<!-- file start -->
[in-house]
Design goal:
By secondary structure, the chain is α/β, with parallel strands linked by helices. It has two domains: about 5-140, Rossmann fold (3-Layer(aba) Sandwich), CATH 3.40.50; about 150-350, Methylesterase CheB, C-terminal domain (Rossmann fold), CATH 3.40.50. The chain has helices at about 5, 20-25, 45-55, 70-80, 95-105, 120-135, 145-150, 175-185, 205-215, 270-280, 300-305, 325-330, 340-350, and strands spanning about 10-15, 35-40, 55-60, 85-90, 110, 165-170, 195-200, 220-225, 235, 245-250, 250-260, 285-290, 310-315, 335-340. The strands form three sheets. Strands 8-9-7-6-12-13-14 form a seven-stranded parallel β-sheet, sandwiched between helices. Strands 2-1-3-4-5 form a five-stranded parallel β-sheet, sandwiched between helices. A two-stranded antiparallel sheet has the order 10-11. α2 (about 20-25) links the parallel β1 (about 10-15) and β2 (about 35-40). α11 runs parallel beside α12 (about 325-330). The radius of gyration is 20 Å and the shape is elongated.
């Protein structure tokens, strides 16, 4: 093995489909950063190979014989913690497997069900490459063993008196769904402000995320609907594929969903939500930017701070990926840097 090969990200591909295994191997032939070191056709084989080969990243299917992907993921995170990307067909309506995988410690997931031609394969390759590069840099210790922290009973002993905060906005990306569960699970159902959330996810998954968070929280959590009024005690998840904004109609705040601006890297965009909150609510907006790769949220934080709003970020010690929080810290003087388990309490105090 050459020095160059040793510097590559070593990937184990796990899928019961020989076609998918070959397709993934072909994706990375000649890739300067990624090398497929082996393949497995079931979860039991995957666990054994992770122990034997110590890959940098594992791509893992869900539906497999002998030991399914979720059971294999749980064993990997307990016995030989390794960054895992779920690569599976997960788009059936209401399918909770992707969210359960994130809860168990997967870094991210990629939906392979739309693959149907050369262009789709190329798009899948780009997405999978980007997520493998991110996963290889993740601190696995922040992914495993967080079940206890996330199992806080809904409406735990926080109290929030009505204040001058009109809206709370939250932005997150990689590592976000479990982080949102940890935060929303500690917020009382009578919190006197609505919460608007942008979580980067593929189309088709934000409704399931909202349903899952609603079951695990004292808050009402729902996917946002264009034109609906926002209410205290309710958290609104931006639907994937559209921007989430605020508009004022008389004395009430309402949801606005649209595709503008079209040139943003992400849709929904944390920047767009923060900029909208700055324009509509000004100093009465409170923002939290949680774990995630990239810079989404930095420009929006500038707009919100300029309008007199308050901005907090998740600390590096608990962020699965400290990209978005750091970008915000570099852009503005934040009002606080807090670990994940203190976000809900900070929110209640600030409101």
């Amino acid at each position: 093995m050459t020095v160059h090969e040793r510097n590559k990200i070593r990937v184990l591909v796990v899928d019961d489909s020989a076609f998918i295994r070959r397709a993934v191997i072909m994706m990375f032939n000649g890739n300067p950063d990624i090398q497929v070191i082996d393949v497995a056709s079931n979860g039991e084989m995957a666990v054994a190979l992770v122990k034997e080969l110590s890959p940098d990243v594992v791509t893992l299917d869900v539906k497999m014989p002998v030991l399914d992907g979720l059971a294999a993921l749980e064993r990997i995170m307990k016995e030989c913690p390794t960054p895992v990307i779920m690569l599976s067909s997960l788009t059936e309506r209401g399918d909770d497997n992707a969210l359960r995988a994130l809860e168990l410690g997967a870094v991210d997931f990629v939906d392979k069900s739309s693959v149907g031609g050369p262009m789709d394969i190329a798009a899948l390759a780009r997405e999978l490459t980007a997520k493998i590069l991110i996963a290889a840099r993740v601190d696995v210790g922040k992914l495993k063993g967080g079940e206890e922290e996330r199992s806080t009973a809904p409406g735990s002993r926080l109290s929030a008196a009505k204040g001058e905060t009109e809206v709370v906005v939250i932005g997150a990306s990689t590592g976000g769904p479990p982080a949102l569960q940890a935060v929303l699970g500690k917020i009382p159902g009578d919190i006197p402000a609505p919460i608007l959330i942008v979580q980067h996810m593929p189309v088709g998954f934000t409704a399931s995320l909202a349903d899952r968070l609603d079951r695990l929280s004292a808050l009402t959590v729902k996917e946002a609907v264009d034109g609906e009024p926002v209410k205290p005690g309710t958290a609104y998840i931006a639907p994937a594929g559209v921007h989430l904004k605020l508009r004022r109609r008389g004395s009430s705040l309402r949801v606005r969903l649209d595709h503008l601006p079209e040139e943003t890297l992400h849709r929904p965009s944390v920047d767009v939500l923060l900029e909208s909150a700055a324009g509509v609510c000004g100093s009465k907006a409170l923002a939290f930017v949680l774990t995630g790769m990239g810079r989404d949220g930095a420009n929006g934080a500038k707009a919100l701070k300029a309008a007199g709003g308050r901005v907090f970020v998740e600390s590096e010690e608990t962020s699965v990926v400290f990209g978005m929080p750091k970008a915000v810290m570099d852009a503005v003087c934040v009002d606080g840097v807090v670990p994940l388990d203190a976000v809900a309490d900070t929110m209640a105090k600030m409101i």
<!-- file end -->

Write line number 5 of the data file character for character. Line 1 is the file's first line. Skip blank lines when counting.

């Amino acid at each position: 093995m050459t020095v160059h090969e040793r510097n590559k990200i070593r990937v184990l591909v796990v899928d019961d489909s020989a076609f998918i295994r070959r397709a993934v191997i072909m994706m990375f032939n000649g890739n300067p950063d990624i090398q497929v070191i082996d393949v497995a056709s079931n979860g039991e084989m995957a666990v054994a190979l992770v122990k034997e080969l110590s890959p940098d990243v594992v791509t893992l299917d869900v539906k497999m014989p002998v030991l399914d992907g979720l059971a294999a993921l749980e064993r990997i995170m307990k016995e030989c913690p390794t960054p895992v990307i779920m690569l599976s067909s997960l788009t059936e309506r209401g399918d909770d497997n992707a969210l359960r995988a994130l809860e168990l410690g997967a870094v991210d997931f990629v939906d392979k069900s739309s693959v149907g031609g050369p262009m789709d394969i190329a798009a899948l390759a780009r997405e999978l490459t980007a997520k493998i590069l991110i996963a290889a840099r993740v601190d696995v210790g922040k992914l495993k063993g967080g079940e206890e922290e996330r199992s806080t009973a809904p409406g735990s002993r926080l109290s929030a008196a009505k204040g001058e905060t009109e809206v709370v906005v939250i932005g997150a990306s990689t590592g976000g769904p479990p982080a949102l569960q940890a935060v929303l699970g500690k917020i009382p159902g009578d919190i006197p402000a609505p919460i608007l959330i942008v979580q980067h996810m593929p189309v088709g998954f934000t409704a399931s995320l909202a349903d899952r968070l609603d079951r695990l929280s004292a808050l009402t959590v729902k996917e946002a609907v264009d034109g609906e009024p926002v209410k205290p005690g309710t958290a609104y998840i931006a639907p994937a594929g559209v921007h989430l904004k605020l508009r004022r109609r008389g004395s009430s705040l309402r949801v606005r969903l649209d595709h503008l601006p079209e040139e943003t890297l992400h849709r929904p965009s944390v920047d767009v939500l923060l900029e909208s909150a700055a324009g509509v609510c000004g100093s009465k907006a409170l923002a939290f930017v949680l774990t995630g790769m990239g810079r989404d949220g930095a420009n929006g934080a500038k707009a919100l701070k300029a309008a007199g709003g308050r901005v907090f970020v998740e600390s590096e010690e608990t962020s699965v990926v400290f990209g978005m929080p750091k970008a915000v810290m570099d852009a503005v003087c934040v009002d606080g840097v807090v670990p994940l388990d203190a976000v809900a309490d900070t929110m209640a105090k600030m409101i």